Rafael Nadal knew what he was in for on Tuesday. In his opening-round match at the Mexican Open, Nadal's opponent was Mischa Zverev, who knows how to play one way: serve-and-volley. The strategy for Nadal was simple in theory but harder to execute: make returns, hit passing shots when openings present themselves, and try to disrupt the German from his time-tested game plan.
As he often does, Nadal found a way to make a challenge look more like an exhibition. The 6-3, 6-3 score was more comprehensive than dominant, but the world No. 2 was never anything less than the dictator of this contest, his first since losing the Australian Open final to Novak Djokovic. In that match, it was Nadal who had no answers, but it wasn't because he didn't know what was coming. Djokovic was just too good—way too good.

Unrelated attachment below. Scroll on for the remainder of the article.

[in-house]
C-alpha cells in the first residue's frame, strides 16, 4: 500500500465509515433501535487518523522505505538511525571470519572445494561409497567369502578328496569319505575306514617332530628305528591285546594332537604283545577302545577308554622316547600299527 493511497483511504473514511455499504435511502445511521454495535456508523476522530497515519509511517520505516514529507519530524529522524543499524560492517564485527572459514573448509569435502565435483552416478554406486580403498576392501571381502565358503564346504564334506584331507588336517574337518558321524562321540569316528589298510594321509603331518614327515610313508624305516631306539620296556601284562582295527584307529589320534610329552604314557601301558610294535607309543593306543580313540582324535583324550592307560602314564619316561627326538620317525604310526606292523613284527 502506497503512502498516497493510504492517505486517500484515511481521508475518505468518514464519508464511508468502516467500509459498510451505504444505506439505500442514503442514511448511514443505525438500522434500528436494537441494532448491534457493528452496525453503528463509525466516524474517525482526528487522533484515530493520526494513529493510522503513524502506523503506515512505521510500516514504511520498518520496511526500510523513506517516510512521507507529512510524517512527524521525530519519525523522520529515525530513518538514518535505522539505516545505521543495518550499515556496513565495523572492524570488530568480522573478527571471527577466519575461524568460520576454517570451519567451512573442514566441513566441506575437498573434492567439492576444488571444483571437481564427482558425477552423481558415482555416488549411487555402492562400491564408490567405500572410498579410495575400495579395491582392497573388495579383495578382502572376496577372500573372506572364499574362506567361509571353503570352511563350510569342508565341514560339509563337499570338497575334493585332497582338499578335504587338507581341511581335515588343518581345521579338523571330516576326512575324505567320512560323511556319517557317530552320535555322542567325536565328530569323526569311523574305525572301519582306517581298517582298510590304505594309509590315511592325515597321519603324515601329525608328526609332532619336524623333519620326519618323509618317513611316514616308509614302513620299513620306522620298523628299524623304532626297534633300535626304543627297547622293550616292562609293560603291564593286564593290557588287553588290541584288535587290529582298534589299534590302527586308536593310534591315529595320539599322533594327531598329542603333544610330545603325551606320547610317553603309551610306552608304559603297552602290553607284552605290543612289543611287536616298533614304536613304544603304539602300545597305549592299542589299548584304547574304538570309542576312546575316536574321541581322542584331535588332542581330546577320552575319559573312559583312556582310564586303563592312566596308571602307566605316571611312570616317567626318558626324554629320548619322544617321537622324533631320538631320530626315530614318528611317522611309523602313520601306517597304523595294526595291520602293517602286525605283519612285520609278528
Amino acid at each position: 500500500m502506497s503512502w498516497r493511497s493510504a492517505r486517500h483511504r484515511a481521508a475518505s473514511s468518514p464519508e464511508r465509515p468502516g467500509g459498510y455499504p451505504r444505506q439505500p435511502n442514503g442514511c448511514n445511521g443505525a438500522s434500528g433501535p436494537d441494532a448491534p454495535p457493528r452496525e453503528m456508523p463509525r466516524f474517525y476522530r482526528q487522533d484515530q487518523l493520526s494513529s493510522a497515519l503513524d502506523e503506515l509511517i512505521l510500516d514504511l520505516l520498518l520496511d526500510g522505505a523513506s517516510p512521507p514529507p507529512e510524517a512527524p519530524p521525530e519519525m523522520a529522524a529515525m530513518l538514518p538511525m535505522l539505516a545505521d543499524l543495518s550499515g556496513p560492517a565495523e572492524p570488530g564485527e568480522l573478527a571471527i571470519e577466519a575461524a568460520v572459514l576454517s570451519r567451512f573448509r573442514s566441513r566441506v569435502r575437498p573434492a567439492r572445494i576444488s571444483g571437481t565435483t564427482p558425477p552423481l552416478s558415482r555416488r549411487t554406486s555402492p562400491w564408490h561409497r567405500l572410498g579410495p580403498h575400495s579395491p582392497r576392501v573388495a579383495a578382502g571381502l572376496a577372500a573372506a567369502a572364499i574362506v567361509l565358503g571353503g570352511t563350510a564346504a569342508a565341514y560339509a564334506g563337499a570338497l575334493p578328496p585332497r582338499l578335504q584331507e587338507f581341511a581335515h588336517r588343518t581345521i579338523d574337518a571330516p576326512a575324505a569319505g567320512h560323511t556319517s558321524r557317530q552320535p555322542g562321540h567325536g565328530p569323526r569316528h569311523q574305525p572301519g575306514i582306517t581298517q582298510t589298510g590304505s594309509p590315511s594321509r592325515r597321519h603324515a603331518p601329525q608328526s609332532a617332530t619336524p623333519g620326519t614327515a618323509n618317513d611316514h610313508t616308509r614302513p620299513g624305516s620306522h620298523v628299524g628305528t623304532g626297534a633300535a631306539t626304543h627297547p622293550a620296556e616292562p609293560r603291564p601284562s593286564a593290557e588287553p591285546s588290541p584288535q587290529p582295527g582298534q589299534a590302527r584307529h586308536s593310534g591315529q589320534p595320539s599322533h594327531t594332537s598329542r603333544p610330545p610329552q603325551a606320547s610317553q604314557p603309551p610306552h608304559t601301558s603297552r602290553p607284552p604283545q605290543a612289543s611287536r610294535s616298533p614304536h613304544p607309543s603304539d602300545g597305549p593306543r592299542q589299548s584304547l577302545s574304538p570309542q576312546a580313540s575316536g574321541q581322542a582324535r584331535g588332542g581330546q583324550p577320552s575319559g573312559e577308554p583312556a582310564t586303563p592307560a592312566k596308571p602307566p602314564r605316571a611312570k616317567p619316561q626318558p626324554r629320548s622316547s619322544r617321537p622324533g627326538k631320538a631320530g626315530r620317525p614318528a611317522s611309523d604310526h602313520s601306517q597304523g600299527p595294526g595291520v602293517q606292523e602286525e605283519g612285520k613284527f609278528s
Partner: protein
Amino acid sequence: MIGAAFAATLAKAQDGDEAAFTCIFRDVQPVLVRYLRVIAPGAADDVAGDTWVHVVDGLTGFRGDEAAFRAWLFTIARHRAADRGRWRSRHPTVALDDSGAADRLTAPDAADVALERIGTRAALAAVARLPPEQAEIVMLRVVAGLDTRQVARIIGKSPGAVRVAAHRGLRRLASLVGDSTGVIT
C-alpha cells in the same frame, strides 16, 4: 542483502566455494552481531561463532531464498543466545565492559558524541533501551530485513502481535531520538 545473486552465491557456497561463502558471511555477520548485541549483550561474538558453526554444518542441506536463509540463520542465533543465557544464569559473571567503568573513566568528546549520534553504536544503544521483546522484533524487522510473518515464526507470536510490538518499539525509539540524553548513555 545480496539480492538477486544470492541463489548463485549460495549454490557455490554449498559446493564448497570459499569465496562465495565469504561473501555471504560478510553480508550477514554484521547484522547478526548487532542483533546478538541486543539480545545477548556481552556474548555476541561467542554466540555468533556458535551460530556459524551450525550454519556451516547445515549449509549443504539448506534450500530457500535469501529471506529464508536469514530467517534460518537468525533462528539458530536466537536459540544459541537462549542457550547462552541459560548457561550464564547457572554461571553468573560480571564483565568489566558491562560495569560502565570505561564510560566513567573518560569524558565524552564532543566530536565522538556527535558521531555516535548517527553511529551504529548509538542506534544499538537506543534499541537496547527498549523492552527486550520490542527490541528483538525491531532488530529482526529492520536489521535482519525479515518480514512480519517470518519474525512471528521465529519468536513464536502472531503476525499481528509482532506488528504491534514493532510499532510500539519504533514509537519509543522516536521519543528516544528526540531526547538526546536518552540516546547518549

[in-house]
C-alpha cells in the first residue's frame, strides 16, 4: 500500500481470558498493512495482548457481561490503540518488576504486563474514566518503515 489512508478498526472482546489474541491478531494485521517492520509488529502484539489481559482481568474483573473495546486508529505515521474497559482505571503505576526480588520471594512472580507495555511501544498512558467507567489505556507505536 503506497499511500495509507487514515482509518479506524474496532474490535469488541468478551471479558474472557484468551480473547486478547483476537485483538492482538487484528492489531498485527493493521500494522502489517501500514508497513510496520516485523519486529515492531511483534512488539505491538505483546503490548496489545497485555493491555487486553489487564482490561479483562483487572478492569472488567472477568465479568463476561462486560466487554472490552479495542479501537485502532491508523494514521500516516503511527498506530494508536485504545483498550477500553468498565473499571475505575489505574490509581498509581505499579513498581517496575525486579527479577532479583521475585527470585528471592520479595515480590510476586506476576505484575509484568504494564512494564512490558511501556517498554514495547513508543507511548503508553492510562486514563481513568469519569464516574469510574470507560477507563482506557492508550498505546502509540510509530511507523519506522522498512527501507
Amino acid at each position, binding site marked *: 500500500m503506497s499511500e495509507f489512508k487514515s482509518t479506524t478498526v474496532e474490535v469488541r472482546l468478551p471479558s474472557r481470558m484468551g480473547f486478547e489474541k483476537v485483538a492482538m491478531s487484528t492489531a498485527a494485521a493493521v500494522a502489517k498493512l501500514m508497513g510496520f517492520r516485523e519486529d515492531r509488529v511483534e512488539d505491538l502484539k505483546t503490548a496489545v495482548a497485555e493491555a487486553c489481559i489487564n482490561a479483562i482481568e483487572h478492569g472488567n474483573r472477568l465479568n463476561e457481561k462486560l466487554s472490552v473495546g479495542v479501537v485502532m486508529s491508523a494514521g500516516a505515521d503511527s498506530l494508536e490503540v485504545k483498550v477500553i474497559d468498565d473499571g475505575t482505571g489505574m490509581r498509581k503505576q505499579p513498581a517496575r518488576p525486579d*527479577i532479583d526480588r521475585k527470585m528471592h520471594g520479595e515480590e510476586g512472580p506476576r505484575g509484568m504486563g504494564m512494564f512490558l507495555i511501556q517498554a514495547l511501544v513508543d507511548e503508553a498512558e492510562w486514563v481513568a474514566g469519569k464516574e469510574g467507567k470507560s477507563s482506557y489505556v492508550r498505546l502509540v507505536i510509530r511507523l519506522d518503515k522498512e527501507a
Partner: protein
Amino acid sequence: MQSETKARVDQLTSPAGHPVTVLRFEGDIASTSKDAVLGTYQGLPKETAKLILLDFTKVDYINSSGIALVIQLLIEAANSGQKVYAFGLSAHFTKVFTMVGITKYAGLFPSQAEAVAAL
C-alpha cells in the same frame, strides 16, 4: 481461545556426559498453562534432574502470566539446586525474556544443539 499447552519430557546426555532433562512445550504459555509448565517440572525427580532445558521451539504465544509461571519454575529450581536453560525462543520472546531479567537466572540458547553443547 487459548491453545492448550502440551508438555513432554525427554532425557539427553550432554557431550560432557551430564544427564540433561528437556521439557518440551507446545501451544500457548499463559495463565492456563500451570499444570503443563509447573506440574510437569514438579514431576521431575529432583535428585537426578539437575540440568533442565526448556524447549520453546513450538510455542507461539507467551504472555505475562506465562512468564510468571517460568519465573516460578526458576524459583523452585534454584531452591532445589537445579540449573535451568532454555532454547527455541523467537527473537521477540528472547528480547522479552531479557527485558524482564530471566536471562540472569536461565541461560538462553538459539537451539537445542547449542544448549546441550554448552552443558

Nadal's win over Zverev sets up an intriguing round-of-16 match against Nick Kyrgios—and that's all we can say about it. What kind of game plan, effort, tactics and intensity will the Aussie bring to this headliner? It will remain an open question all the way to, and perhaps during, the match itself. It's a fool's errand trying to forecast how Kyrgios will play, although he has a tendency to play his best against top opponents. He boasts a 2-3 record against Nadal, with wins on grass and hard courts. Their last meeting was over a year ago, in Beijing, which Nadal won going away, 6-2, 6-1.
"Let's see," Nadal told Tennis Channel global correspondent Prakash Amritraj after his win over Zverev, sounding as unsure of what's to come as many prognosticators. "It's going to be a tough one."
Kyrgios' 6-3, 7-5 win over the consistent Andreas Seppi was a nice sign for those hoping to see a competitive tussle. Whether it's close or not, however, expect to drama either way.